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Three questions for Roy Bostock

If Yahoo's chairman can take a time out from e-mailing his newest pen pal buddy, Carl Icahn, here's fodder to ponder over the weekend.

To Roy Bostock
Chairman of the board, Yahoo

Dear Roy,

Wondering whether you've ever read anything by Pierre Ambroise François Choderlos de Laclos (that's a mouthful!). He was the French author of the 18th century epistolary novel Les Liaisons Dangereuses. After watching all the note-swapping between you and Carl Icahn, I have to confess that you guys sure have the hang of it--even though the "Dear Roy, Dear Carl" salutations are awfully phony. No doubt you two would prefer shotguns at 20 paces. Meanwhile, if you can break away from your writing desk, I'd like you to consider three questions relating to Microhoo.

Roy Bostock Yahoo

•  Everyone knows that Icahn's a nudnik and doesn't know much about technology. I'm convinced the guy's as savvy about the Internet as Alaska Senator Ted Stevens, he of cybertubes fame. Llittle doubt that Icahn is in this for a quick buck, as are the other institutional shareholders supporting his gambit. When it came to greenmail, he wrote the book. But so what? Remember the Gordon Gekko "greed is good" shtick in the movie Wall Street? Here's an instance when greed does have a clarifying effect.

Icahn wants to know what's up with Yahoo's ridiculously expensive new severance plan. So do a lot of other people. From the outside looking in, it sure looks like a poison pill. You dislike that description? OK, let's instead call it a stupendously silly employee entitlement designed to repel any potential acquirer of sound mind. Like that any better?

There's good reason Yahoo failed to disclose the dollar amount. In a recently disclosed document, Tim Sparks, a compensation expert who worked on the Yahoo plan, nailed it in a e-mail to colleagues when he described the contents as completely "nuts."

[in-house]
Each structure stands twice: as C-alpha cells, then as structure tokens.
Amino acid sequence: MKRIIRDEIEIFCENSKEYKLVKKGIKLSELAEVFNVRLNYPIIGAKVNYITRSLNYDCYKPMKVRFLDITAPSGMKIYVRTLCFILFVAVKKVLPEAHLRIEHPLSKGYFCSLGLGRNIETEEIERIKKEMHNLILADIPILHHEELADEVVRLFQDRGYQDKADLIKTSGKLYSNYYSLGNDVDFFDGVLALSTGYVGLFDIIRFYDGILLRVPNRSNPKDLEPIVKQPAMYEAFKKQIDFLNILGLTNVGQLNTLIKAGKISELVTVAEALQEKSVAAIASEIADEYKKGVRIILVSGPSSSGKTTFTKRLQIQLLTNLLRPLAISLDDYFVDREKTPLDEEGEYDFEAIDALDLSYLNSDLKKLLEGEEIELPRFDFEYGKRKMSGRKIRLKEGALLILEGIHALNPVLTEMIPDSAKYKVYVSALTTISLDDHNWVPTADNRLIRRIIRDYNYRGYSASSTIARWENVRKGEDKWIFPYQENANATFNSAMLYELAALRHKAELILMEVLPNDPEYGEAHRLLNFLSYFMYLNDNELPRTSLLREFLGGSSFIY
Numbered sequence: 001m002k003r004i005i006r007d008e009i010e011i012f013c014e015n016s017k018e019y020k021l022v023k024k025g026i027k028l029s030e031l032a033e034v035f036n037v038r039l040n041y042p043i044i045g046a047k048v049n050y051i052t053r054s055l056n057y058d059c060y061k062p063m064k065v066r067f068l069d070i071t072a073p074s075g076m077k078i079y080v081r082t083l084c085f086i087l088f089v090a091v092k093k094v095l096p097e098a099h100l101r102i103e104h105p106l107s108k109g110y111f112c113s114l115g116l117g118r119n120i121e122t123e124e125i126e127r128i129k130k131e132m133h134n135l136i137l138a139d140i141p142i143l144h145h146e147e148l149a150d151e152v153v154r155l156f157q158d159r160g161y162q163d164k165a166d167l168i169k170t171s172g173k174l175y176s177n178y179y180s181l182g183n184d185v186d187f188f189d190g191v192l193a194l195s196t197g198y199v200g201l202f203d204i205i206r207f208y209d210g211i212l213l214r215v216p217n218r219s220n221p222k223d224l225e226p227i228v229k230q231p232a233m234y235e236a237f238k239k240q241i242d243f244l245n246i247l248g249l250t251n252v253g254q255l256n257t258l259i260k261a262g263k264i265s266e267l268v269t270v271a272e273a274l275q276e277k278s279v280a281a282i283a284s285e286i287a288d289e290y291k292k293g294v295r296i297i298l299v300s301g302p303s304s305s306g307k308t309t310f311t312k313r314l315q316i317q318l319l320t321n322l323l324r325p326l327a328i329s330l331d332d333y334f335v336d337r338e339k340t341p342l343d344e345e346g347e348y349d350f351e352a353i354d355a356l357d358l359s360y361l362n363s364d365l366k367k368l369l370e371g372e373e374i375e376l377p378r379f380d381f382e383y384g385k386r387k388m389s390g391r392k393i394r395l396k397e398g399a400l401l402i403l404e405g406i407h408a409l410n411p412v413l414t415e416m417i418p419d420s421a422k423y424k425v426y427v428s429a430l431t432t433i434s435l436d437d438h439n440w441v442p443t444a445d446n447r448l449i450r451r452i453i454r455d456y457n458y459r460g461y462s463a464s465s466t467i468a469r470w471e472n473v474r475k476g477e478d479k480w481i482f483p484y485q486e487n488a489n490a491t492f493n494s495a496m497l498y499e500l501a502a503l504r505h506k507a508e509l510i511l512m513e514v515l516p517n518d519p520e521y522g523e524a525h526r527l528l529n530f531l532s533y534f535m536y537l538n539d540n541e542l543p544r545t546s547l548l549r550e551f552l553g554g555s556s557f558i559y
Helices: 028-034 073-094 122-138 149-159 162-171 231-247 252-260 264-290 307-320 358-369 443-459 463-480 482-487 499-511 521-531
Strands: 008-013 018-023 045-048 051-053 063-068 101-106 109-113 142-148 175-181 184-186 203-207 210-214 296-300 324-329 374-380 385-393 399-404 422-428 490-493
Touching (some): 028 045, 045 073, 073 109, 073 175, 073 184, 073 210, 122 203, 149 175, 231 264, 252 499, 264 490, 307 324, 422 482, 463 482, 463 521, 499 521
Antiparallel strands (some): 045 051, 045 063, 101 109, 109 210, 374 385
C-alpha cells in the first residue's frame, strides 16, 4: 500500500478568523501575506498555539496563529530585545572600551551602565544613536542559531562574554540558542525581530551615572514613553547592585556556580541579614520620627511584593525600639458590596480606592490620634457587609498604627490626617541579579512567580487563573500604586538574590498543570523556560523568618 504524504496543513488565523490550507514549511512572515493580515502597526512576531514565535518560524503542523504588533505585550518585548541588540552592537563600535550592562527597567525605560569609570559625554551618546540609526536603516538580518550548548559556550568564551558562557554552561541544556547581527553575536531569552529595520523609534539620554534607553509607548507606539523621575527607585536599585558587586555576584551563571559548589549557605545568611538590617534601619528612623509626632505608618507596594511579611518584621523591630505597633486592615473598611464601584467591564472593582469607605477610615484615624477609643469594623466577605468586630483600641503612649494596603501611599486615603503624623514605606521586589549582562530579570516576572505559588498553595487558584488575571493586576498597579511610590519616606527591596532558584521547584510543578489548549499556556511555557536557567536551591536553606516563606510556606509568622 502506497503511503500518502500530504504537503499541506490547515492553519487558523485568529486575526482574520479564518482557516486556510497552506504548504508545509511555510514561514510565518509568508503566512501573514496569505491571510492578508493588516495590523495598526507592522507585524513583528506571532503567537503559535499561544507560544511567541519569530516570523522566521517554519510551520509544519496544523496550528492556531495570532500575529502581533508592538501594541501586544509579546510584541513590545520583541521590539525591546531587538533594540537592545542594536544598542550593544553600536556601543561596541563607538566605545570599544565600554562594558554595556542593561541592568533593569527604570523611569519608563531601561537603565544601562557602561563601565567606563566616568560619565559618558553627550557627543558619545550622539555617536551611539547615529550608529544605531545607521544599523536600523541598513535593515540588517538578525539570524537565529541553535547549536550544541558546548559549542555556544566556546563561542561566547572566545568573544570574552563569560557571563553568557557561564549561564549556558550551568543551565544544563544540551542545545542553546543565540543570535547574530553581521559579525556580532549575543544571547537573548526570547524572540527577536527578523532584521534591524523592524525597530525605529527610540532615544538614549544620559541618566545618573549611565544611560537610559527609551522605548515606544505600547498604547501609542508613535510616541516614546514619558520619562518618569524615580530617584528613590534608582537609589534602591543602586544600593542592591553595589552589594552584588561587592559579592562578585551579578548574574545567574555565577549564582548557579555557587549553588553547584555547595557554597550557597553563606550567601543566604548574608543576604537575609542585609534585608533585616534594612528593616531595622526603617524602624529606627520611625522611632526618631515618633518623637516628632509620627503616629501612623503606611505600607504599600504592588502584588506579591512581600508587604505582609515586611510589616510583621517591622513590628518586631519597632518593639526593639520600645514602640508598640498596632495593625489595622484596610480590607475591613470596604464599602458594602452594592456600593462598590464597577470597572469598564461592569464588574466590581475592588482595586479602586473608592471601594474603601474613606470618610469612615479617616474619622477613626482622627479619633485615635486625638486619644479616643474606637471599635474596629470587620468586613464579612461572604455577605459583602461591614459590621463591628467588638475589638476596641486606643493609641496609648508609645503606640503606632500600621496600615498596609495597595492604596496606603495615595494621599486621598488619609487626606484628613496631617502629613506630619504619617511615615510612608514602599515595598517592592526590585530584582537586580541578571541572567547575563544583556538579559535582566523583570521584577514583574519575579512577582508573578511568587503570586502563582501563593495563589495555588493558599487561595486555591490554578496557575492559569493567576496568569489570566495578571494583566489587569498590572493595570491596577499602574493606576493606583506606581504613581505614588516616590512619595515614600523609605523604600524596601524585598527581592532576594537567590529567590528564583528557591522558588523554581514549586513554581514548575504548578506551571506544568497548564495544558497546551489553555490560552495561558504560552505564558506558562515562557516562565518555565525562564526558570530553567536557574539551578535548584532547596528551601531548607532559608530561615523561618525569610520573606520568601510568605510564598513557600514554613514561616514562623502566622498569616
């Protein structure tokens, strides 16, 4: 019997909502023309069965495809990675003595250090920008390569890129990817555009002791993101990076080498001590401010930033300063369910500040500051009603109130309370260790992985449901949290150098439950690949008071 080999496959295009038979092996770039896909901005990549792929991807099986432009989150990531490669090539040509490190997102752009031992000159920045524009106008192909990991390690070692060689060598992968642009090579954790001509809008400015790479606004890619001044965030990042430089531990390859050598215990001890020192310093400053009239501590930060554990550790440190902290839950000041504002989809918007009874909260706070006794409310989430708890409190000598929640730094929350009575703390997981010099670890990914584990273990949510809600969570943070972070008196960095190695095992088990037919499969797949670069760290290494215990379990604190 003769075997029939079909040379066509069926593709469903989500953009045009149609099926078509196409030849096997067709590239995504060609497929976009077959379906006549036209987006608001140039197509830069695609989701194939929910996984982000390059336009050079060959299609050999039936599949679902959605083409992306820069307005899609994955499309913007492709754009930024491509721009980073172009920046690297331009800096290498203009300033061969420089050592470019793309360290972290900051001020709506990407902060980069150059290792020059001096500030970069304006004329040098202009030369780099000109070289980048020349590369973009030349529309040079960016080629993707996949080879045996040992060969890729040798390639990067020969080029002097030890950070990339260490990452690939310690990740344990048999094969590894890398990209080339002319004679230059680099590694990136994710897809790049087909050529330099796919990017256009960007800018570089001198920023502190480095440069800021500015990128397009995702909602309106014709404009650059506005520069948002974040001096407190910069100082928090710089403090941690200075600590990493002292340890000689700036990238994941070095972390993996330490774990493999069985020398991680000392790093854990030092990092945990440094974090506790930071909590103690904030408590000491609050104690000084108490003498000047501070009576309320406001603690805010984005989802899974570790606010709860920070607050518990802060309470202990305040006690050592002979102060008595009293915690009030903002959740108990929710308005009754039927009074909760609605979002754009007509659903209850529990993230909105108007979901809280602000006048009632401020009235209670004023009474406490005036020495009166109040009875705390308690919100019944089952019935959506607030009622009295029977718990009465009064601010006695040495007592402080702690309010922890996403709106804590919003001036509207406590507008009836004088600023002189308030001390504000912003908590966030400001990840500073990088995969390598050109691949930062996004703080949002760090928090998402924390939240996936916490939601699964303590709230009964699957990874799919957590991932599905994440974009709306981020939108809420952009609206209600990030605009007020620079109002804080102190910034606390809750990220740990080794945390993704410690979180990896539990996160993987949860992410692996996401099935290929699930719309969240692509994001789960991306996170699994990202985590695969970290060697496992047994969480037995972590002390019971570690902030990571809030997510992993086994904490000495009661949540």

But let's not quibble over semantics. I'm more curious why Yahoo blew off Icahn after he pressed you to dump the plan. He posed a fair question, one that I'm sure other investors wonder about.

Carl Icahn

Beats me how the offer of golden parachutes galore adds to shareholder value in a takeover negotiation. Truth be told, if I'm Microsoft, you don't come off as someone very eager to deal, let alone sell the entire company on a friendly basis. If that's a misconception, then you've confused a lot of people. Maybe it's time you cleared the air.

•  You and Jerry Yang keep waiting for a possible "alternative deal." From who, Godot? The chronology is just too confusing. As long as you're batting your eyes at Google, there's no real reason Microsoft should bid for the company. Eric Schmidt's just messing with you to make Steve Ballmer miserable. You've been doing this long enough to know how this works. Ballmer's a crazy boy but he's not insane. He either gets a chance to acquire the entire kit and caboodle, or he walks.

•  Keep Jerry in a gilded cage. Rope him to a GameBoy and lock him in your basement, anything--but don't let him appear any more in public, at least not until there's a final yay or nay on the Microhoo negotiation. Let Sue Decker do the talking. She walks and talks like a real CEO.

Yang's a nice guy. He bleeds purple but he doesn't ooze leadership or inspire confidence outside of Yahoos campus. His recent appearance at the D conference didn't convince anyone that Yahoo's commander in chief had the upper hand.

When technology journalist Walt Mossberg asked him to define Yahoo's business, he responded with an answer straight out of Stepford CEOs 101. "I think of Yahoo as we have to be incredibly relevant and useful to users. You have to start your day at Yahoo. We want people to come to Yahoo first thing in the day and multiple times a day. That is an incredibly powerful position, consistent with our roots and ripe for innovation." Decker did the work of explaining why Yahoo thinks that Microsoft didn't offer enough.

Jerry Yang

And what's with Yang's latest missive to the troops? ("We believe the Yahoo board has the independence, knowledge, and commitment to navigate the company through the rapidly changing Internet environment and to deliver value for yahoo! and its stockholders...."). Pure corporate-speak.

Well, you get the idea. Better to let Decker take the lead and return Jerry to the rank of Chief Yahoo to do whatever it is that Chief Yahoo guys are supposed to do.